effectively compete,”        N. J.-based VoIP phone provider, as if    basically the same as those provided
                             it were a traditional phone company.      by traditional phone companies. In
                             Davis ruled that Vonage was not a         essence, their argument is: “If it looks
Bill Vandersluis, director   phone company – despite the fact that     like a duck, walks like a duck and
of regulatory affairs for    it calls itself the “broadband            quacks like a duck, it must be a
Mankato-based                telephone company” – but was              duck.”
HickoryTech                  instead an information service and not
                             subject to regulation according to        A Federal Issue Now
                             federal law. The Eighth Circuit
                             upheld Davis’ decision.                   The whole issue of regulating Internet
                                                                       phone service now moves to the
                                                                       federal level. With a reversal by the
                                                                       U.S. Supreme Court doubtful – even
                                                                       if an appeal is made, the court accepts
                                                                       few cases and overturns fewer – the
                                                                       issue is now on the plates of the FCC
and Congress. The former has already         currently allow law enforcement to         greatly reduced tax revenues seems
signaled its intent to regulate VoIP         conduct wiretaps as they do on             obvious, especially if – or when? –
lightly. The latter would have to            wireline phones. But even if these         Microsoft enters the field.
revisit the Telecommunications Act           problems are fixed, which Jerry
of 1996. While there’s a growing             Knickerbocker, government affairs          VoIP Not the Only Issue
interest in doing that, changes may          vice president for the Minnesota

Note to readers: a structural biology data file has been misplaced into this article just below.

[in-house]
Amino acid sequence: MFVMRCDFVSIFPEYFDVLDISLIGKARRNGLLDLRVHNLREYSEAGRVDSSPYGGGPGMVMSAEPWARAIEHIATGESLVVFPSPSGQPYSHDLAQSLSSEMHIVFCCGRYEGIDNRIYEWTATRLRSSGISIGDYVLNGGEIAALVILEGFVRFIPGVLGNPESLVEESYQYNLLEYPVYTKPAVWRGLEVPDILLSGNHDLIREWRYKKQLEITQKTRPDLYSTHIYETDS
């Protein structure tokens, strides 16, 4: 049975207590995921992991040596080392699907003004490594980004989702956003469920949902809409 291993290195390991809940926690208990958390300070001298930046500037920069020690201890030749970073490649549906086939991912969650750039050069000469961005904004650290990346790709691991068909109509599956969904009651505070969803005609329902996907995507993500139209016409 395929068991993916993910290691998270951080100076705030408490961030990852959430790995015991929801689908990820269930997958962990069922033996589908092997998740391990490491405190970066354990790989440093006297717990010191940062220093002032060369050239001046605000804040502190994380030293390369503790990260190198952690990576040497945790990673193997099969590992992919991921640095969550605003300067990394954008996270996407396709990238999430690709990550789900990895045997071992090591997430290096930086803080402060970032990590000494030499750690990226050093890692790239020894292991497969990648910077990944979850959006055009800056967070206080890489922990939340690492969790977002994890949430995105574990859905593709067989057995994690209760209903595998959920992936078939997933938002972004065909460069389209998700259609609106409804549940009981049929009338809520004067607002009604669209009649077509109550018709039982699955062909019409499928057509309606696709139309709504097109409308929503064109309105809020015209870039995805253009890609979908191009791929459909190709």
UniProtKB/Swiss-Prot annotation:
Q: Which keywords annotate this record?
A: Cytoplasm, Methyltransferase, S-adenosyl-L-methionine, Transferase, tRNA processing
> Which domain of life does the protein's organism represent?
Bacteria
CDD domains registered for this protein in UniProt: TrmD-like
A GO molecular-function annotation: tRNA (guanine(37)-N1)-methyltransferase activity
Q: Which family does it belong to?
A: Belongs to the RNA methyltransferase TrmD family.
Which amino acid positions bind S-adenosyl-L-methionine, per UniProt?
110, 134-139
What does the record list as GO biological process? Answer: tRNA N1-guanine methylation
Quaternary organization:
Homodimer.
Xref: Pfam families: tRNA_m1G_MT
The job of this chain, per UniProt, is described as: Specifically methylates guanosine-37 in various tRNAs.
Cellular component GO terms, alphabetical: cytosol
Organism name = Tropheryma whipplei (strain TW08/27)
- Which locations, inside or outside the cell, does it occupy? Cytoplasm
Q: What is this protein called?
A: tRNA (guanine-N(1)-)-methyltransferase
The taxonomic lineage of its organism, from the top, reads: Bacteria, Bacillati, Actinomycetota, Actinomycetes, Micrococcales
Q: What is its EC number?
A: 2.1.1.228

come slowly and in a piecemeal               Telecom Alliance, thinks is possible,      VoIP is one of many important issues
fashion, if at all.                          there’s the much larger issue of a         facing the telecom industry. Another
                                             level competitive playing field.           issue involves intercarrier
The issue is important to all of us                                                     compensation, the access charges paid
because it goes to the heart of the          “If state regulators are pre-empted        by long distance companies for use of
American idea of fair play for all. The      from regulating VoIP providers, as it      local company networks. “Because
1930s law that set up the federal            appears they now are,” says                wireless companies can’t be regulated
universal service fund understood the        Knickerbocker, “then the only way          by states, those carriers have no
necessity of a system that subsidized        for companies to compete is in the         pressure to negotiate agreements on
the actual costs of phone service in         marketplace. And if wireline carriers      this issue,” Knickerbocker says.
rural and hard-to-serve areas or part        are at a competitive disadvantage          “Local companies can go to court but
to ensure the people there would not         because their customers pay taxes and      that’s expensive and time-consuming.
be economically disadvantaged.               fees that VoIP customers aren’t            There needs to be equal leverage in
                                             paying, then wireline companies will       bargaining for each side. It’s not there
We may be headed for just that sort of       be forced to do VoIP to save as much       now.”